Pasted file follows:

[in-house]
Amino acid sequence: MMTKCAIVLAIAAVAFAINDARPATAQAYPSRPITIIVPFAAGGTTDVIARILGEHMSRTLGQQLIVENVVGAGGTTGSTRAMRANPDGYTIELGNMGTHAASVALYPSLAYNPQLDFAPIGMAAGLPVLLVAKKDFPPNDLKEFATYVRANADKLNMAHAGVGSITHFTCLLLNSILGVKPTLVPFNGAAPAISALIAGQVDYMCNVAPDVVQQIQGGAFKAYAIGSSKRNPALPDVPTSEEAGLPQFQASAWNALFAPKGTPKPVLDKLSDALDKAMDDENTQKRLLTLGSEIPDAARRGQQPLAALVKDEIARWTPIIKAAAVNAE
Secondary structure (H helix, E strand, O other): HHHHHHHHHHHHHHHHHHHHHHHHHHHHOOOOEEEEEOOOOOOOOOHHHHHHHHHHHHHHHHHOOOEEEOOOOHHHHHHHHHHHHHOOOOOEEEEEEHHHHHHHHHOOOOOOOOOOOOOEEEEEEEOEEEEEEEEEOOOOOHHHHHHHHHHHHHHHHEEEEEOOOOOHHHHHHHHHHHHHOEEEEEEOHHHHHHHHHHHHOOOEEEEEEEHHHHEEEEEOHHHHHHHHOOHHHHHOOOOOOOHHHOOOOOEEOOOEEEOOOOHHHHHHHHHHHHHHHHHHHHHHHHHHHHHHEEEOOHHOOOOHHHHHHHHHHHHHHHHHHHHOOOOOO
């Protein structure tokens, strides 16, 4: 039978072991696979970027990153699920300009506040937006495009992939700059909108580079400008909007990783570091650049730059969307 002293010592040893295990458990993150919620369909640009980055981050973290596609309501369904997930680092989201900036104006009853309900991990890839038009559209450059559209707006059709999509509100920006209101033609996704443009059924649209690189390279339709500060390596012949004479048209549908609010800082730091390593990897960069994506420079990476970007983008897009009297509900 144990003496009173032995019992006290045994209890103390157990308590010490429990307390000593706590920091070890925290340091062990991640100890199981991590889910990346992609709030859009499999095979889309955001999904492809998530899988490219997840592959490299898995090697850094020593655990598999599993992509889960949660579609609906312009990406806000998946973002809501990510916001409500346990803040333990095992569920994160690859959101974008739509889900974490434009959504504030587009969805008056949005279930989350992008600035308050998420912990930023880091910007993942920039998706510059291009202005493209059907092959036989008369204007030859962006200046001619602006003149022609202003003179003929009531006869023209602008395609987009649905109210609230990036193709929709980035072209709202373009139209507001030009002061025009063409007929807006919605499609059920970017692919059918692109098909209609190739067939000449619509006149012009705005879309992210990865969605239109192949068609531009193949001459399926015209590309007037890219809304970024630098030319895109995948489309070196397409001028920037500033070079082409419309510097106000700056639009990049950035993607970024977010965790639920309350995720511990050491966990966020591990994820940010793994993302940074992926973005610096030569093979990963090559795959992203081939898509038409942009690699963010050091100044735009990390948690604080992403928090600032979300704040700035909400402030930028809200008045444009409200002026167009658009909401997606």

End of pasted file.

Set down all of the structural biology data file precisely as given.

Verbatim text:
[in-house]
Amino acid sequence: MMTKCAIVLAIAAVAFAINDARPATAQAYPSRPITIIVPFAAGGTTDVIARILGEHMSRTLGQQLIVENVVGAGGTTGSTRAMRANPDGYTIELGNMGTHAASVALYPSLAYNPQLDFAPIGMAAGLPVLLVAKKDFPPNDLKEFATYVRANADKLNMAHAGVGSITHFTCLLLNSILGVKPTLVPFNGAAPAISALIAGQVDYMCNVAPDVVQQIQGGAFKAYAIGSSKRNPALPDVPTSEEAGLPQFQASAWNALFAPKGTPKPVLDKLSDALDKAMDDENTQKRLLTLGSEIPDAARRGQQPLAALVKDEIARWTPIIKAAAVNAE
Secondary structure (H helix, E strand, O other): HHHHHHHHHHHHHHHHHHHHHHHHHHHHOOOOEEEEEOOOOOOOOOHHHHHHHHHHHHHHHHHOOOEEEOOOOHHHHHHHHHHHHHOOOOOEEEEEEHHHHHHHHHOOOOOOOOOOOOOEEEEEEEOEEEEEEEEEOOOOOHHHHHHHHHHHHHHHHEEEEEOOOOOHHHHHHHHHHHHHOEEEEEEOHHHHHHHHHHHHOOOEEEEEEEHHHHEEEEEOHHHHHHHHOOHHHHHOOOOOOOHHHOOOOOEEOOOEEEOOOOHHHHHHHHHHHHHHHHHHHHHHHHHHHHHHEEEOOHHOOOOHHHHHHHHHHHHHHHHHHHHOOOOOO
């Protein structure tokens, strides 16, 4: 039978072991696979970027990153699920300009506040937006495009992939700059909108580079400008909007990783570091650049730059969307 002293010592040893295990458990993150919620369909640009980055981050973290596609309501369904997930680092989201900036104006009853309900991990890839038009559209450059559209707006059709999509509100920006209101033609996704443009059924649209690189390279339709500060390596012949004479048209549908609010800082730091390593990897960069994506420079990476970007983008897009009297509900 144990003496009173032995019992006290045994209890103390157990308590010490429990307390000593706590920091070890925290340091062990991640100890199981991590889910990346992609709030859009499999095979889309955001999904492809998530899988490219997840592959490299898995090697850094020593655990598999599993992509889960949660579609609906312009990406806000998946973002809501990510916001409500346990803040333990095992569920994160690859959101974008739509889900974490434009959504504030587009969805008056949005279930989350992008600035308050998420912990930023880091910007993942920039998706510059291009202005493209059907092959036989008369204007030859962006200046001619602006003149022609202003003179003929009531006869023209602008395609987009649905109210609230990036193709929709980035072209709202373009139209507001030009002061025009063409007929807006919605499609059920970017692919059918692109098909209609190739067939000449619509006149012009705005879309992210990865969605239109192949068609531009193949001459399926015209590309007037890219809304970024630098030319895109995948489309070196397409001028920037500033070079082409419309510097106000700056639009990049950035993607970024977010965790639920309350995720511990050491966990966020591990994820940010793994993302940074992926973005610096030569093979990963090559795959992203081939898509038409942009690699963010050091100044735009990390948690604080992403928090600032979300704040700035909400402030930028809200008045444009409200002026167009658009909401997606």